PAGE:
Both Walmart and IBM have been at the forefront of DLT since its conception and both companies are eager to promote the use of the new technology in sectors including business and commerce. Walmart has become a primary mover in the industry in pushing blockchain forward with numerous patents pending.

Walmart filed for two more blockchain technology patents in April, one for secure payments and another for digital shopping systems. In March, it filed for a “Smart Package” blockchain patent allowing tracking of contents and environmental conditions from point of origin to delivery. That patent states that Walmart technology will record the “key addresses” along the chain and will be used with robotic delivery methods like autonomous vehicles and drones.

The multinational’s latest patent is for a smart device that, when paired with a computing system, would receive a transaction request which, once accepted, transmits a configuration instruction for the appliance to be operated by the user via one or more nodes in the network needed for validation. The patent application details how the technology could be utilized in creating an entire smart home system, including control over energy and healthcare environments.

Of the latest move to track green produce from farm to supermarket shelf, vice president of food safety Frank Yiannas cited a conventional trial using mangoes as the shipment model, commenting, “It took them nearly seven days, as the methods of tracking today are antiquated — sometimes done with pencil and paper.” Walmart maintains that with blockchain technology, that same process will take just 2.2 seconds.

The US Center for Disease Control and Prevention (CDC) consulted with Walmart over the question of product traceability due to an increase of foodborne illnesses, such as an E.coli outbreak that occurred this year affecting 200 people who needed to be hospitalized.

 

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South Korea Looks to Blockchain With Samsung Tech to Improve Customs Service

Electronics giant Samsung is to develop a blockchain powered platform for use by the Korean Customs Services.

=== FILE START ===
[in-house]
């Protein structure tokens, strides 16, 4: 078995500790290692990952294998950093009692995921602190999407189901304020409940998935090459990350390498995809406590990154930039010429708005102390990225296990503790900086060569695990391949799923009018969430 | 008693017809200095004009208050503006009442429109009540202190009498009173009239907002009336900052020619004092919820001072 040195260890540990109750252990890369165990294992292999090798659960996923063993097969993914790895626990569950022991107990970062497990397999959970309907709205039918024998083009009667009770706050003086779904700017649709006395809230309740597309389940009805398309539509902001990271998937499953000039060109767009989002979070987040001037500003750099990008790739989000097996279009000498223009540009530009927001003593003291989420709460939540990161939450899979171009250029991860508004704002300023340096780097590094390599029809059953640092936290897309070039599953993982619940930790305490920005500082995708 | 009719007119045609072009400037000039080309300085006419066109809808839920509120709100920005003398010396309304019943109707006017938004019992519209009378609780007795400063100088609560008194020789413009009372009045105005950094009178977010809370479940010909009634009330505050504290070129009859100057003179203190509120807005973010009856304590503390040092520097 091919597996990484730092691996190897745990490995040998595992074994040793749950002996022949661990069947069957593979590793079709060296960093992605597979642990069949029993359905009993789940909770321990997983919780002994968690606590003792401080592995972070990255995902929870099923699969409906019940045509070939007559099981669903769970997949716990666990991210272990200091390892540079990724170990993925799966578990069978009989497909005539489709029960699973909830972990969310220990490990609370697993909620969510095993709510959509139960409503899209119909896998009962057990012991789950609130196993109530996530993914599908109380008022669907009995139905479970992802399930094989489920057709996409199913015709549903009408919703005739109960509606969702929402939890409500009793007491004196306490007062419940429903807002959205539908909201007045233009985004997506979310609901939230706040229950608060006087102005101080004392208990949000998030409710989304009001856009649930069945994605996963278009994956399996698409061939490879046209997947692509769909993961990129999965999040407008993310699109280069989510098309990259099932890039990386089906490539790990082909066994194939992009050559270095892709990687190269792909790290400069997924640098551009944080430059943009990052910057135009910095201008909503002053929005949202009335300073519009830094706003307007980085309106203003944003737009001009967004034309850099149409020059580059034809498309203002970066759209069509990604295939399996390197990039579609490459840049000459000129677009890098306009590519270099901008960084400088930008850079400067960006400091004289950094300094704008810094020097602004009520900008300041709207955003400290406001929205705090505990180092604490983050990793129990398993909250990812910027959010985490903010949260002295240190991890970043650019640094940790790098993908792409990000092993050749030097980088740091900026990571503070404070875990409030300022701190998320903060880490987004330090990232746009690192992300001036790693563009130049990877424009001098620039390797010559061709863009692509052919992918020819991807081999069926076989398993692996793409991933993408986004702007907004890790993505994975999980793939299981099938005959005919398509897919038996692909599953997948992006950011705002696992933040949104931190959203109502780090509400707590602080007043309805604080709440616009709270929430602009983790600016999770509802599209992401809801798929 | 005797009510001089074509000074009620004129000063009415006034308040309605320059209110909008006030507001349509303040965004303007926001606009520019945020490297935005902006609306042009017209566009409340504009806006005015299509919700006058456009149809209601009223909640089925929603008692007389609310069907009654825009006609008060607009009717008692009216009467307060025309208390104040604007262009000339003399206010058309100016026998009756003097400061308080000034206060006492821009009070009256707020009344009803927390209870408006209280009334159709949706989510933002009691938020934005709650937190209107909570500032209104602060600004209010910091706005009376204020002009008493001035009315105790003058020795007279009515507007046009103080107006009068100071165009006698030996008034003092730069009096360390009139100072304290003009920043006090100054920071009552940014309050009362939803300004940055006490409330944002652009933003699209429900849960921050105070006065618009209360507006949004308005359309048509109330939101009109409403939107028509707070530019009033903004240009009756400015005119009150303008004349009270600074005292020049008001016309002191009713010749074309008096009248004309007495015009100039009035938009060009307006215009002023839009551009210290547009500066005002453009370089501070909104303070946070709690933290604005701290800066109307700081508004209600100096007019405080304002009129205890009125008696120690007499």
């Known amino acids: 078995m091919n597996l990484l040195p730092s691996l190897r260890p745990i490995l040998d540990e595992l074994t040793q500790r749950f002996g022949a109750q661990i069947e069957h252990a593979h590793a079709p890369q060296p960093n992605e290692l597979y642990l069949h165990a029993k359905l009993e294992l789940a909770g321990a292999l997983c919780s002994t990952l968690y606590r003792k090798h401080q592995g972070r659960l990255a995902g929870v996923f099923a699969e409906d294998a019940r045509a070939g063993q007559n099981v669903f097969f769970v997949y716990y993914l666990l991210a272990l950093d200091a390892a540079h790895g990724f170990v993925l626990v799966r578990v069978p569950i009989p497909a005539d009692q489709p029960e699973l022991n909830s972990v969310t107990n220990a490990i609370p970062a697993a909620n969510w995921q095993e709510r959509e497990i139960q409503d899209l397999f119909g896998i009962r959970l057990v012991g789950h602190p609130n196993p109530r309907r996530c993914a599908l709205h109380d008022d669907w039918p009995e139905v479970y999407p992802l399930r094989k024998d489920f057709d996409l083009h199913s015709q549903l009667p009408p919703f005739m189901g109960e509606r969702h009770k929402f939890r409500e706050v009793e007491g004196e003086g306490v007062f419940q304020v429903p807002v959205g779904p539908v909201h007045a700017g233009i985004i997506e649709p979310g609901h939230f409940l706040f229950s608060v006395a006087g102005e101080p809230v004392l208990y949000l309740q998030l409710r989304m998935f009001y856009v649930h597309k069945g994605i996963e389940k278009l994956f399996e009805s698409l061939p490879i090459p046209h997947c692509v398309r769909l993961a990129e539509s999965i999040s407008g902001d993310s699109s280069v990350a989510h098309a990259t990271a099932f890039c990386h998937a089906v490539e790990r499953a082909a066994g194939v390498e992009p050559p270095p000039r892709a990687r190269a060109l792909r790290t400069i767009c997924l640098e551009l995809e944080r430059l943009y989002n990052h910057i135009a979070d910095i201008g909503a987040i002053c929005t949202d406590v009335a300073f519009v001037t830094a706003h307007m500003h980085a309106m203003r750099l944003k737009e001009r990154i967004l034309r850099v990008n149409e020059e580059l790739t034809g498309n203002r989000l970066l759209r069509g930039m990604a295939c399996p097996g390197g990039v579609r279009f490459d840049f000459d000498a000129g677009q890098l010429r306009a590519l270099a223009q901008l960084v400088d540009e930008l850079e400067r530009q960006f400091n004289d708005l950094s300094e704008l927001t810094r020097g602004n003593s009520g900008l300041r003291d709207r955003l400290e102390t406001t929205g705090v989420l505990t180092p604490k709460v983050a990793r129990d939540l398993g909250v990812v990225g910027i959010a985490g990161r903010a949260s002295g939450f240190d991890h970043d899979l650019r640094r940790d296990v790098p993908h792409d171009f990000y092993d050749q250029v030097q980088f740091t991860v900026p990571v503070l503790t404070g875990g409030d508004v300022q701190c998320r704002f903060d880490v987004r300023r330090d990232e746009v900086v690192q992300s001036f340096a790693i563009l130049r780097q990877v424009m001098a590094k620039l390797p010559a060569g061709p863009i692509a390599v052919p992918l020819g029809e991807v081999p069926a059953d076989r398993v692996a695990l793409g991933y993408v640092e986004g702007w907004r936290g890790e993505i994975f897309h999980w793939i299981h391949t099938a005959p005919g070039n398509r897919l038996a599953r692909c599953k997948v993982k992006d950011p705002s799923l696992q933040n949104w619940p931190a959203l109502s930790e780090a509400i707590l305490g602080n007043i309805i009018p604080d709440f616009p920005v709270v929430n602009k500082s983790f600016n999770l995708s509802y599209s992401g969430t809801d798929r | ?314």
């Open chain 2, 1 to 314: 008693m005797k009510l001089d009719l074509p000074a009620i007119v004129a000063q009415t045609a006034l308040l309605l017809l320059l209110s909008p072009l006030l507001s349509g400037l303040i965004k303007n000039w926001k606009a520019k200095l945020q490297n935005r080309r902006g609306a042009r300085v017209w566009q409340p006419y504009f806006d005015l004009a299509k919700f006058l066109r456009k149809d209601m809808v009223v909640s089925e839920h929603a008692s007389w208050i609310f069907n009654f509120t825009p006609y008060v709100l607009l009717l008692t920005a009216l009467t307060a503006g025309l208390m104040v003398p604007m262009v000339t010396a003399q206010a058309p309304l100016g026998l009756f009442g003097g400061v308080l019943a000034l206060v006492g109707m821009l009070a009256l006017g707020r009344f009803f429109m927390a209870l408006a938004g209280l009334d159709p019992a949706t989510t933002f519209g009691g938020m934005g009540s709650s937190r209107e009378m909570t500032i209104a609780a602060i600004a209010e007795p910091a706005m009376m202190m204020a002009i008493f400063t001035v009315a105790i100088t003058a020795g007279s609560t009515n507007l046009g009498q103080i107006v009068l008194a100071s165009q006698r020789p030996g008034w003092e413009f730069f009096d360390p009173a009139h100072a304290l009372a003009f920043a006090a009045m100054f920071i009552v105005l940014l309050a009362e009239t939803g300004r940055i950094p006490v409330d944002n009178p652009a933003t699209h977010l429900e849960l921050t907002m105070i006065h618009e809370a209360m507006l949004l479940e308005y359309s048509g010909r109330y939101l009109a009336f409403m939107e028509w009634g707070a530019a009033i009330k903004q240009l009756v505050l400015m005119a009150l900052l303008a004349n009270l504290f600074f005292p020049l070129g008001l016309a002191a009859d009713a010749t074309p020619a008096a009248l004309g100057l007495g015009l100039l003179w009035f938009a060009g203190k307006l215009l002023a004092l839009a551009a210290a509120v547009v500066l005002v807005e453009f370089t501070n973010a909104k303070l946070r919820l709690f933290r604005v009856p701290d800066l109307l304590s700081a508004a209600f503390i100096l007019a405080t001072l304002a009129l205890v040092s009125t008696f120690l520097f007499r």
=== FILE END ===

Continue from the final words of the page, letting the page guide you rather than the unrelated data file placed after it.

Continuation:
The IT arm of Samsung, Samsung SDS is basing the platform on Nexledger, currently used by businesses as a way of reducing expenses in managing financial transactions and data exchange.

Along with some other 48 organizations, including shipping and insurance companies, the South Korean Customs Service has signed up for the platform in order to streamline and track exported goods passing through customs. The blockchain platform will also aid the customs service in detecting forged documentation.

Samsung is not new to the blockchain industry and appears to be on a drive towards research and development in the new technology. It is currently committed to several new projects in the industry. Samsung is joining a number of other companies in exploring the idea of using blockchain logistics to streamline global supply chains. It is reported that the tech giant has already begun developing a distributed ledger system to monitor international shipments.

The blockchain is set to help shippers, ports, customs offices and many other parties in the global supply chain by replacing paperwork with irrefutable digital records. Blockchain could provide proof of provenance for goods by tracking them globally from the point of origin, manufacture, until the retail store shelf. Import details, fees, and taxes could all be programmed into smart contracts that release payments automatically once the conditions were met.